River opened the door to the Doctor, which was always a pleasant surprise.
“Can I come in?” he asked, pushing past her into the house.
“No, I'm auditioning for my harem and things are getting sweaty.”
“You don't have a harem,” he said.
“How would you know?” she asked, following him into the sitting-room.
“Is this new?” he asked, picking up a vase.
“It's four hundred years old.”
He replaced the vase and pointed towards the window. “These curtains, are they new?”
“Right,” he said, “that's us exhausted small talk.” He seemed relieved. “Can I ask you something?”
“Of course you can.”
He nodded and sat down on the sofa. River took an armchair as he took a moment to compose his thoughts.
“Am I... cold?” he asked.
“Yes,” she replied without hesitation.
“Was I supposed to lie?”
He shook his head. “No, no don't lie. But you do like me?”
“I love you,” she corrected.
“But you like me as well?”
River considered her response. “I like you most of the time.”
The Doctor stood. “Let's go somewhere.”
They sat in space, in the doorway of the TARDIS, watching the Earth burn.
“Is this your idea of a date?” asked River.
“Hey, this a great date, it has excellent reviews!”
“Done it before have you?”
He pointed out at the scene below them. “Your home planet is being eaten by its own sun. How does that make you feel?”
She nodded. “It was a nice planet.”
“But you're not going to cry?”
River shrugged. “There are plenty of other planets, it's not like there's a shortage. Suns explode, planets die... why would I cry?”
He took her hand and pulled her back inside the ship. “We'll go somewhere else.”
“Do I have to watch this?”
“Yes, you do.” They were parked in the Atlantic Ocean, just below the surface.
“I need to see how it makes you feel.”
“Doctor, it's a shark eating a baby seal, there are only so many emotions that suggest themselves.”
“Ah! So you're sad.” He looked a bit pleased with himself.
She turned from the bloody scene. “Things eat other things. It's called life. I can't stop it even if I wanted to.”
“Sweetie, I used to be a psychopath, I don't always react the way other people would.” She closed the exterior doors. “You should ask someone with a more normal childhood.”
“But I want to ask you.”
“Why?” she asked.
“Because you're River! You're clever and you're mostly human and you don't hate me.”
“People keep saying I'm cold. Can't you.. warm me up a bit?”
River stepped into his personal space and pressed her hands to his chest. “Now we're getting somewhere,” she said, and kissed him.
“That's not what I meant,” he said when they parted.
“But you didn't tell me to stop,” she countered.
“A purely selfish impulse — I like kissing you.”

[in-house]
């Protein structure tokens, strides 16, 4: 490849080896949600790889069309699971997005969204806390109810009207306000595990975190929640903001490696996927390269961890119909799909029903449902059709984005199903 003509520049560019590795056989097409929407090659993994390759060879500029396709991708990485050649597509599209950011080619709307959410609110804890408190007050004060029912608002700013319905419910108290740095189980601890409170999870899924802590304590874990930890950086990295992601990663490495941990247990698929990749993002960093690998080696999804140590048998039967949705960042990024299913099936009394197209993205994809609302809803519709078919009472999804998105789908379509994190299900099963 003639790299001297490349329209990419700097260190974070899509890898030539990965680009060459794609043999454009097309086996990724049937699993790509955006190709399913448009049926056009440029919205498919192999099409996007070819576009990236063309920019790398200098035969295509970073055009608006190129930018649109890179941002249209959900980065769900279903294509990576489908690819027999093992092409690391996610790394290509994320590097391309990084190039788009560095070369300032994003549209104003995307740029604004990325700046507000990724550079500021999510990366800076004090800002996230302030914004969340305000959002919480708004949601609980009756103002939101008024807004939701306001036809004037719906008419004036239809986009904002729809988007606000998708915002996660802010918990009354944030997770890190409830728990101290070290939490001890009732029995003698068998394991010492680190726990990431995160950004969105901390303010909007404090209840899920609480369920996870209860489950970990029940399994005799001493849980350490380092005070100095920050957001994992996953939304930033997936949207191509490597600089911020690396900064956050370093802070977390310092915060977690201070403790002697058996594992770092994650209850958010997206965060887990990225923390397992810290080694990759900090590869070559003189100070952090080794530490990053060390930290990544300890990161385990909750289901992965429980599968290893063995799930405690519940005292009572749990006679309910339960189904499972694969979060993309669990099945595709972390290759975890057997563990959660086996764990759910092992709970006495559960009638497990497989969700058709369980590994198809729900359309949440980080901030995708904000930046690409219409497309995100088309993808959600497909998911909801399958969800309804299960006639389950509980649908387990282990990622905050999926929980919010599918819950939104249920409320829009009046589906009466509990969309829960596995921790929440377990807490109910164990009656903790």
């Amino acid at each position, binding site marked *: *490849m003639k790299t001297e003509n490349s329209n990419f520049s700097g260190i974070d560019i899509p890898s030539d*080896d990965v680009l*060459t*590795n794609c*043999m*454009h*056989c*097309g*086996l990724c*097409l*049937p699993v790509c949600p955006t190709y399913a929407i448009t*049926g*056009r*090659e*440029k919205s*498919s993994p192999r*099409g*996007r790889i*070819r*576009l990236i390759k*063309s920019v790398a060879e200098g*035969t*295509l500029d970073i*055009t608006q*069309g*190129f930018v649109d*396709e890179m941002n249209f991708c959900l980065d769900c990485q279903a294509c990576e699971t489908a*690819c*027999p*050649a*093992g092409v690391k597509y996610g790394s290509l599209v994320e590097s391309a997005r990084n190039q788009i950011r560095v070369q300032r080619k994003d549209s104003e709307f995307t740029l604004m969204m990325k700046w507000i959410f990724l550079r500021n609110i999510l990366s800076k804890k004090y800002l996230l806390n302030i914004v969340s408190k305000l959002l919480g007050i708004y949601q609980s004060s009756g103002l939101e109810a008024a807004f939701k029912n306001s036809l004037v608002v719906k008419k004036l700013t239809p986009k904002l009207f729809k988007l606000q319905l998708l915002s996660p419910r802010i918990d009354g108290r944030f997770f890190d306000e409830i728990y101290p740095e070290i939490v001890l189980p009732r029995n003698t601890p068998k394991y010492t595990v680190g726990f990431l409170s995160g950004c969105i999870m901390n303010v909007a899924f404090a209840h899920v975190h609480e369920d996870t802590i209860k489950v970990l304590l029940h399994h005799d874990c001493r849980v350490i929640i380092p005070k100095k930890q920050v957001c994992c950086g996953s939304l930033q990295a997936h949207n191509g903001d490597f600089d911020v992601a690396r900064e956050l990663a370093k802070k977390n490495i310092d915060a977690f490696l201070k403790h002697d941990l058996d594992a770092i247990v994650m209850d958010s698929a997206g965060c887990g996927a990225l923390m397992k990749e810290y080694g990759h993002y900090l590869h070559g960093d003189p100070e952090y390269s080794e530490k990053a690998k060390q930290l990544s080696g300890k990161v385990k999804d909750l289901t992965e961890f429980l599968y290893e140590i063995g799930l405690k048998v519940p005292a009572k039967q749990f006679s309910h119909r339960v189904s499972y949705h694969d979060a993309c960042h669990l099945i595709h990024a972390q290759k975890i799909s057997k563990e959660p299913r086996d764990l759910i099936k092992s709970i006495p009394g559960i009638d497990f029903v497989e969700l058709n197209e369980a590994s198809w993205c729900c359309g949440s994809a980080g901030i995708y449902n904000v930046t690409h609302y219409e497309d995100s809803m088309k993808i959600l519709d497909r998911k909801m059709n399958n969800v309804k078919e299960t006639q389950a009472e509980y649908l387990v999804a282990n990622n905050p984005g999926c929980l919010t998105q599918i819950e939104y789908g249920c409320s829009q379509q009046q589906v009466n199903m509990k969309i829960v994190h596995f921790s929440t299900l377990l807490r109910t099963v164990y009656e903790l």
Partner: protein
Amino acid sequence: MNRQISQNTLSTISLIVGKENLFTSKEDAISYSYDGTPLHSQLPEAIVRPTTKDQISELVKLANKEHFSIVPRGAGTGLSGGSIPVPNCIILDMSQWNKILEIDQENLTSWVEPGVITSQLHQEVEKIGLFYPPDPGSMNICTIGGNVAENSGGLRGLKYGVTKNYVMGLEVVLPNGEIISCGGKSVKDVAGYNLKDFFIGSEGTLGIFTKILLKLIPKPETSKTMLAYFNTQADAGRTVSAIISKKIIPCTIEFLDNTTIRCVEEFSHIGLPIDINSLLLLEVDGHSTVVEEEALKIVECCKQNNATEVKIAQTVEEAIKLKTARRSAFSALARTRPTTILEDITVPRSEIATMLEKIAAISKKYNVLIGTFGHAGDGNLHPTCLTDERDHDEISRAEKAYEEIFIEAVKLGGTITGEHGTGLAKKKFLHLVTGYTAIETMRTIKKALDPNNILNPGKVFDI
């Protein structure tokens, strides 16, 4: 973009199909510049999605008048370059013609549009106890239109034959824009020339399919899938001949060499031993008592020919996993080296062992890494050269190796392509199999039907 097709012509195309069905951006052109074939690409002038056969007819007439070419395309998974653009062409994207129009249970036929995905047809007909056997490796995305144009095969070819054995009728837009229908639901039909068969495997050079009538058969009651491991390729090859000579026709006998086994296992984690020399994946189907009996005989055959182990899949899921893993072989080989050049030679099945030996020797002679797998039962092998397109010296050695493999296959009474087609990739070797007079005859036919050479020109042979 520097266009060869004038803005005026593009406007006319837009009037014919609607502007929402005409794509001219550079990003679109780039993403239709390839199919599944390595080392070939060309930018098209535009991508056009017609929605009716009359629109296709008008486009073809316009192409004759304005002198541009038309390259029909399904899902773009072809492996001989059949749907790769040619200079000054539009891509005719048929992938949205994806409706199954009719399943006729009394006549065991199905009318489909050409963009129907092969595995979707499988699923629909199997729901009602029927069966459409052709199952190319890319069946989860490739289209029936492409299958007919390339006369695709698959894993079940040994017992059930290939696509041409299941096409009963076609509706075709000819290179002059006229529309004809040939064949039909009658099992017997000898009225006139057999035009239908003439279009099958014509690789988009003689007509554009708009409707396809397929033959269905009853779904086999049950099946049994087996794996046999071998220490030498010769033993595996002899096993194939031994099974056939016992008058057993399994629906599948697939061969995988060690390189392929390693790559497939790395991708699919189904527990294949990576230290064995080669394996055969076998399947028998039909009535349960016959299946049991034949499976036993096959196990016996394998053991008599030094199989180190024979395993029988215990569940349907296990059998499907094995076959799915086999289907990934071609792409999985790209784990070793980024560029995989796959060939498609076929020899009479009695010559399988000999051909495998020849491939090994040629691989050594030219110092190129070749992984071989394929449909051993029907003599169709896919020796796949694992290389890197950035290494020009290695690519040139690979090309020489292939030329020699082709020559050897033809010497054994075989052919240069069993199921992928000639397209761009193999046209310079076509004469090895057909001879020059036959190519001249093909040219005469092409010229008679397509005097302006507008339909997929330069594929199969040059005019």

“You've never left me wanting,” she said.
“Who doesn't want to think they're great in bed?” He pulled a lever and the TARDIS tilted to one side. “Right, what else upsets people?”
River shook her head. “I'm not spending all day looking at traumatic events so that you can feel... whatever it is you want to feel. I have better things to do with my life.”
“What do you want from your life? I've never asked that, I should have asked.”
“The usual. An exciting career, a passionate husband, and a well-stocked library.”
“Do you want children?” he asked.
“Are you offering?”
“Are you asking?” He looked only mildly terrified.
River shook her head. “No. I'm not especially fond of children.”
“Humans love children,” he protested. “They like making little copies of themselves, so that they can dress them up and pretend that their love for them is selfless.”
“I see you have it all worked out.”
He nodded. “And I have a well-stocked library.”
“Can I go home now?” she asked. “I'm not really qualified to help with this problem.”
“Why can't humans be more like Time Lords? Why can't humans be more like you?”
She kissed his cheek. “I'm one of a kind.” She turned to the console and started setting the coordinates for home. “Ask someone else. Better yet, see a therapist.”
“I don't need therapy!” he protested.
River looked at him. “Oh, Doctor, that's the most ridiculous thing you've ever said.”
“Well, I don't.”
The TARDIS landed with its usual wheezing cacophony. “I'll be off then,” said River. “Next time you can take me to dinner, if you like.”
“But I don't feel any better about myself. You're supposed to tell me how great I am and make me feel good about my worth as a person.”
“Sorry, Sweetie, I don't think it's me you need to talk to.” She walked out into her kitchen and waited, just in case he was going to argue. He didn't, and when the TARDIS dematerialised she poured herself a drink.